Ali captured eight wins in a row and many boxing fans expressed a desire to see her square off in a boxing ring with George Foreman's daughter, Freeda Foreman or Joe Frazier's daughter, Jackie Frazier-Lyde. On the evening of June 8, 2001, Ali and Frazier finally met. The fight was nicknamed Ali/Frazier IV in allusion to their fathers' famous fight trilogy. Ali won by a majority judges' decision in eight rounds. This match by Ali and Frazier was the first main-event pay-per-view match between two women.

Ali modeling at the 2011 Heart Truth fashion show

After a year's hiatus, on June 7, 2002, Ali beat Shirvelle Williams in a six-round decision.[11]

She won the IBA title with a second-round knockout of Suzette Taylor on August 17, 2002, in Las Vegas.[12]

On November 8, she retained that title and unified the crown by adding the WIBA and IWBF belts with an eight-round TKO win over her division's other world champion, Valerie Mahfood, in Las Vegas. Ali stopped a bloodied Mahfood in eight rounds.[13]

On June 21, 2003, Mahfood and Ali fought a rematch, this time in Los Angeles. Once again bloodied by Ali, Mahfood lost by TKO in six rounds while trying to recover her world title. Nevertheless, for the first time in Ali's boxing career, she suffered a bad cut on her right eyelid and a bloodied nose, inflicted by Mahfood, something no other female boxer has done to Ali to this day.[14]

On August 23, 2003, Ali fought her original inspiration, Christy Martin, beating Martin by a knockout in four rounds.[15]

On July 17, 2004, Ali retained her world title, knocking out Nikki Eplion in four rounds.[16]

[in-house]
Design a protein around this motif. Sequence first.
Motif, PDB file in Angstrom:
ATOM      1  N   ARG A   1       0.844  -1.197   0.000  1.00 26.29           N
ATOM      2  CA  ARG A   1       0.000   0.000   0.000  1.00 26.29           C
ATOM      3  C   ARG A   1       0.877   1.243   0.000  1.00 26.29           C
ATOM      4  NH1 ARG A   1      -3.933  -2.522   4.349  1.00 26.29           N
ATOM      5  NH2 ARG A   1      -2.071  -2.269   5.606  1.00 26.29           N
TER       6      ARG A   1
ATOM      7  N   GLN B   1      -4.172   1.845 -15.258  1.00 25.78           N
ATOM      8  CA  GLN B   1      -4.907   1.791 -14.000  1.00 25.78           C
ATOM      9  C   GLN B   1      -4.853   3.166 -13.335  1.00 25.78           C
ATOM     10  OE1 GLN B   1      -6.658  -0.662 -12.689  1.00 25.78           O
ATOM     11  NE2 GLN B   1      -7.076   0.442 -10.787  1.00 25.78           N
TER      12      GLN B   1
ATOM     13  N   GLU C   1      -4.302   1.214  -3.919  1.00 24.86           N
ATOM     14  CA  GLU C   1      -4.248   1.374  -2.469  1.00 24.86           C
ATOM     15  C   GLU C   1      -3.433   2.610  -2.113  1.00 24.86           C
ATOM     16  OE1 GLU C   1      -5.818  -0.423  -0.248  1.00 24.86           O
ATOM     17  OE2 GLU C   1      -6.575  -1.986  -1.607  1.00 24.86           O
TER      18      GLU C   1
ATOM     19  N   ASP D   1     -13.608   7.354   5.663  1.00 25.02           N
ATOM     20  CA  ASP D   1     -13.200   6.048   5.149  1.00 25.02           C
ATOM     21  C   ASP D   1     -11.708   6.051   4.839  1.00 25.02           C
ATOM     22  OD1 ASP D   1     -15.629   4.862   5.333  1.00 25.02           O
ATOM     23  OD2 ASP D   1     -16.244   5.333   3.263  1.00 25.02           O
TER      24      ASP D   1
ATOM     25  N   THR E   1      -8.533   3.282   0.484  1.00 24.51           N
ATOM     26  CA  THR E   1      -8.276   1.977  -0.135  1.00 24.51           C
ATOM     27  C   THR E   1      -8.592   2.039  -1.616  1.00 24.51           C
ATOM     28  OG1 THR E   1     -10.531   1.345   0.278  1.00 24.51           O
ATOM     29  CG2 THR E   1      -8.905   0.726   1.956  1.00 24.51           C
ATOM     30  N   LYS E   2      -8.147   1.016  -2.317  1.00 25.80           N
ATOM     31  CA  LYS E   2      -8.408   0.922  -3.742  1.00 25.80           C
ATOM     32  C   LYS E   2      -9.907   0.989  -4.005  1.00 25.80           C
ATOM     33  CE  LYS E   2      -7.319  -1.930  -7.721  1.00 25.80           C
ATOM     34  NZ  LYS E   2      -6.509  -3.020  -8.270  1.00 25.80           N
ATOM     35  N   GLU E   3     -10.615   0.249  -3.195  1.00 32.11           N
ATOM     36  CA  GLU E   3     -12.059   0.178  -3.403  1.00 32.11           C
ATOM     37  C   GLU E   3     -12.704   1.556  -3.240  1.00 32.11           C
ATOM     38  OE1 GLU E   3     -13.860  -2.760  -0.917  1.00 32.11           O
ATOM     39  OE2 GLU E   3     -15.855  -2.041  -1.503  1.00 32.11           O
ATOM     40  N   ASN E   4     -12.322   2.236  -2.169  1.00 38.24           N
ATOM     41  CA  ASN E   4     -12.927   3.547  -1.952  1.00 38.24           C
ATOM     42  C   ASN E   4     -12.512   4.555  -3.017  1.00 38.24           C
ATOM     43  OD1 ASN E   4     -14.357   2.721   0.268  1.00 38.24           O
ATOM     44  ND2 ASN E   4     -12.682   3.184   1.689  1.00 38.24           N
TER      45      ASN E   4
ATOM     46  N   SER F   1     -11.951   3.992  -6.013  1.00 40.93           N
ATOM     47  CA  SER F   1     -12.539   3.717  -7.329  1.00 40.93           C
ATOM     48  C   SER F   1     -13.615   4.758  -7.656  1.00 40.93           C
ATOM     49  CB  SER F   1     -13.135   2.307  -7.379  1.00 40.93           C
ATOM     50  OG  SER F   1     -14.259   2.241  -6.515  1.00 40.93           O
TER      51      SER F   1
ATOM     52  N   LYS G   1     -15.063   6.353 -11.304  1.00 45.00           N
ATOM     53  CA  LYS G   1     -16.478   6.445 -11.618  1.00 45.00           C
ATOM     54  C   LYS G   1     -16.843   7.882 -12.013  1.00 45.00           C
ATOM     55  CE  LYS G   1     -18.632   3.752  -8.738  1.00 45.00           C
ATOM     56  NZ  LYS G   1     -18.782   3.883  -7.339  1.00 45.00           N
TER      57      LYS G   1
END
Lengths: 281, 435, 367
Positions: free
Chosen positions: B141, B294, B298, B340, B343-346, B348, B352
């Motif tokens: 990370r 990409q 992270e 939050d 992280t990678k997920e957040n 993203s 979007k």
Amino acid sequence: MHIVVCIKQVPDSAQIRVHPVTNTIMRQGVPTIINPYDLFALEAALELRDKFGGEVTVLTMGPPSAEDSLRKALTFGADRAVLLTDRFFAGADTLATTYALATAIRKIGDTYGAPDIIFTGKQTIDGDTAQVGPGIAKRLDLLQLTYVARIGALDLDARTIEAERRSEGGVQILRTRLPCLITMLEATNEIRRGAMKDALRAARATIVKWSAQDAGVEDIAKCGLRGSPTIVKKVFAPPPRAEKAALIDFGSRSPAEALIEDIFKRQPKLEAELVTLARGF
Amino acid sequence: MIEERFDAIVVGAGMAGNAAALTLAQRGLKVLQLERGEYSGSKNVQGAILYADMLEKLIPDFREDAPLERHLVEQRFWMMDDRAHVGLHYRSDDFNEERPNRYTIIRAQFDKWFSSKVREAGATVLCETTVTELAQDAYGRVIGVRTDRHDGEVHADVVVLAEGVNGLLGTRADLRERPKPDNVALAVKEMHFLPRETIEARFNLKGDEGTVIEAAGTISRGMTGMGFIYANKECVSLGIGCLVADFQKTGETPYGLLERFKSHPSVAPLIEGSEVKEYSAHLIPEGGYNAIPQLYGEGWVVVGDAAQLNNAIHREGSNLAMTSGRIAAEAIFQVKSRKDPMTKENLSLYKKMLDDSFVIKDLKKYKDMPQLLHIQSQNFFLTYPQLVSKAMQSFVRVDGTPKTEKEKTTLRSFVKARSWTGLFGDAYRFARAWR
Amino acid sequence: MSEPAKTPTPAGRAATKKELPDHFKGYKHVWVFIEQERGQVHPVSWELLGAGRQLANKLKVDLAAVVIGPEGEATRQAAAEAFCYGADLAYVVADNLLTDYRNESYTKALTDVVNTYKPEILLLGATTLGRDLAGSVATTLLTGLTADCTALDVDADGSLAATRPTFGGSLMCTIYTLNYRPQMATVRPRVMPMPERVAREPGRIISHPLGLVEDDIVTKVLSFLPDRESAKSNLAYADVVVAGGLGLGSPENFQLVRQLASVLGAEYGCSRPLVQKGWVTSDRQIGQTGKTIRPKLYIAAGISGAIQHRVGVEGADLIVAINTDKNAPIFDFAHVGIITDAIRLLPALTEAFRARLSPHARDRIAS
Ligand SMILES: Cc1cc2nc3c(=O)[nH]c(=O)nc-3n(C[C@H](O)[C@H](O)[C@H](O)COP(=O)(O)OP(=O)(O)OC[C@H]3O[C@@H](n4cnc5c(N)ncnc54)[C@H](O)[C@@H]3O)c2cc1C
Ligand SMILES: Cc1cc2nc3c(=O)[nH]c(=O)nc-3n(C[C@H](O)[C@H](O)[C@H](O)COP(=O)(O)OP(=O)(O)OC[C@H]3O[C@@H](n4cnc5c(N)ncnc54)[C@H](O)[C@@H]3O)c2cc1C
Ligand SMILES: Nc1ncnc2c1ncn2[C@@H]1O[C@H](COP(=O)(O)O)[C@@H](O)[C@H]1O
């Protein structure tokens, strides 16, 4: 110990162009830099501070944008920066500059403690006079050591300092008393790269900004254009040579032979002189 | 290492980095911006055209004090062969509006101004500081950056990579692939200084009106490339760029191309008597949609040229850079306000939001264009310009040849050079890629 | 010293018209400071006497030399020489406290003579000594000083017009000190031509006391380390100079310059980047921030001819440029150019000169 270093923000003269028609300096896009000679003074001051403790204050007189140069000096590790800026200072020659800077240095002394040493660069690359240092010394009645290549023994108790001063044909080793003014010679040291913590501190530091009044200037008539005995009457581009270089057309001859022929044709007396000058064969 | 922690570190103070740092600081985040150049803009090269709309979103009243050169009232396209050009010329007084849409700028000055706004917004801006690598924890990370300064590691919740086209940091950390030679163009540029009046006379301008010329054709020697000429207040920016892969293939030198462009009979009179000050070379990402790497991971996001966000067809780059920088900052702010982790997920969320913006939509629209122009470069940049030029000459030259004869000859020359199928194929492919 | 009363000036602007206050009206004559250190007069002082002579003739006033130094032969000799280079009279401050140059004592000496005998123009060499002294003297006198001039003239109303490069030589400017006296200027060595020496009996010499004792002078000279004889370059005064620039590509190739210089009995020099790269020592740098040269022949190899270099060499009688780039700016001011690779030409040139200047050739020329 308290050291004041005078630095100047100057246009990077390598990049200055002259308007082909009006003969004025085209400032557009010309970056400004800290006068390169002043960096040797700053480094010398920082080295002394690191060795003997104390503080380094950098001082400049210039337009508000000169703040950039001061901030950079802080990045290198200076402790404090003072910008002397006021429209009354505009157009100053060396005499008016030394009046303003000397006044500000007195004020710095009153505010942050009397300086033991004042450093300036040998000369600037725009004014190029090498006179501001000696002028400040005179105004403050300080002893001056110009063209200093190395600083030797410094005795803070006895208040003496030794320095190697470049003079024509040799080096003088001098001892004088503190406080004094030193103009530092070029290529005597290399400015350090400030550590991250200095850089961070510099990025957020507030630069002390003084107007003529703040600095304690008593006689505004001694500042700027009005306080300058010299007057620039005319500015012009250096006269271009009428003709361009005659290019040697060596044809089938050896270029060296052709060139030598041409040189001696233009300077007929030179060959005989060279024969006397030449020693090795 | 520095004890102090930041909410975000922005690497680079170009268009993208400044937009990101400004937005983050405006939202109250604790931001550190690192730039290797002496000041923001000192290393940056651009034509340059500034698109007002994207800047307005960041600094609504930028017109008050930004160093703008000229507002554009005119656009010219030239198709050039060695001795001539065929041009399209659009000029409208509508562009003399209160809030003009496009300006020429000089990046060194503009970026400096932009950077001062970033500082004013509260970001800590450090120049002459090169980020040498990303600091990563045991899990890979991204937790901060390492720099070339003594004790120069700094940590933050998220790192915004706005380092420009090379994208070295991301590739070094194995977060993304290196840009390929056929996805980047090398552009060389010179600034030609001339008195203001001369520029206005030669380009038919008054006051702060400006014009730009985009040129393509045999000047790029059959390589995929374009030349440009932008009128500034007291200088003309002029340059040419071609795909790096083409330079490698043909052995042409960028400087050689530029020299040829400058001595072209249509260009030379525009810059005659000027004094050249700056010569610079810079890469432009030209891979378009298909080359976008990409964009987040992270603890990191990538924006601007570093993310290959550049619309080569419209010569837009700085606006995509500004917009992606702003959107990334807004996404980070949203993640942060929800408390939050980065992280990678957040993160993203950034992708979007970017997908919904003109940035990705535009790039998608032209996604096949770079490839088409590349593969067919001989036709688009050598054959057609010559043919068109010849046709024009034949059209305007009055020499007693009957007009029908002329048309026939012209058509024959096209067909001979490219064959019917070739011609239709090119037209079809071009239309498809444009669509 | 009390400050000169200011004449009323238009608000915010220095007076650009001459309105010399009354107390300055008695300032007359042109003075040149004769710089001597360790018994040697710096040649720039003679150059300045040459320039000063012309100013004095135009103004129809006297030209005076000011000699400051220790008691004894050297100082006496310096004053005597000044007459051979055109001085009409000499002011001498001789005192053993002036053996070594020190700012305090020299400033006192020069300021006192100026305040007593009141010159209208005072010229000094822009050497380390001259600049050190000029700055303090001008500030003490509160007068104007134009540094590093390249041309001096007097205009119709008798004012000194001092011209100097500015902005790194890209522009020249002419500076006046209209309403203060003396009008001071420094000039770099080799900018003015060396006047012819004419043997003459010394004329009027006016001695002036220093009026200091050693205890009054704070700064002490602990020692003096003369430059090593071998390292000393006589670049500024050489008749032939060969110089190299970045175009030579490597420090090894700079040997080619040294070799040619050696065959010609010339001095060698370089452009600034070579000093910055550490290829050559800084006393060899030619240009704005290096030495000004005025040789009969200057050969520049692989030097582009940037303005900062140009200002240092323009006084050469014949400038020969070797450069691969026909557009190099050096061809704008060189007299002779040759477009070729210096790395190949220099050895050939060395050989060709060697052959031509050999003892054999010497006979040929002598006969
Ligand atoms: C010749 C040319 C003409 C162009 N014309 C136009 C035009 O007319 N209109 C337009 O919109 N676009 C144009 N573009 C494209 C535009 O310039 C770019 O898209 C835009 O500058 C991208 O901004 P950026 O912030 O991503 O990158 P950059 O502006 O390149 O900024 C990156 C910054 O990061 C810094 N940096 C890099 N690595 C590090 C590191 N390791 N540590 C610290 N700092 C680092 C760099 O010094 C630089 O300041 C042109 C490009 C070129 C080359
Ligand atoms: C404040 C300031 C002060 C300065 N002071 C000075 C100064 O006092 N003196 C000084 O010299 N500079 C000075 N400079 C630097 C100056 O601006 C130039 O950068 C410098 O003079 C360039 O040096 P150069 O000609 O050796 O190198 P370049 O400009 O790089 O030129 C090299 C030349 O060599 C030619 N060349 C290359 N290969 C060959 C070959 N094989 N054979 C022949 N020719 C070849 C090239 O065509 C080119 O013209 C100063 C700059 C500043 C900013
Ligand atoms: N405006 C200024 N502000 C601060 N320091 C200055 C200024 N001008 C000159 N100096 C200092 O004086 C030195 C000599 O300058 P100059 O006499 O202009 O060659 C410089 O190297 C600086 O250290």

On July 30, 2004, she stopped Monica Nunez in nine rounds, in her father's native city of Louisville, Kentucky. This fight was part of the undercard for the fight in which Mike Tyson was surprisingly knocked out by fringe contender Danny Williams.[17]

On September 24, 2004, Ali added the IWBF Light Heavyweight title to her resume by beating Gwendolyn O'Neil (whom she had earlier canceled a fight against) by a knockout in three rounds, at Atlanta, Georgia.[18]

On February 1, 2005, in Atlanta, Ali scored a commanding and decisive eighth-round technical knockout over Cassandra Geiggar in a ten-round fight.[19]

On June 11, 2005, on the undercard to the Tyson-Kevin McBride fight, Ali defeated Erin Toughill in round three to remain undefeated and won the World Boxing Council title in addition to defending her WIBA crown.[20] She was the second woman to win a WBC title (Jackie Nava was the first).[21] Toughill and Ali disliked each other, and prior to the fight Toughill joked about Ali. Ali promised she would punish Toughill, much like her father did with Ernie Terrell back in 1967.[20]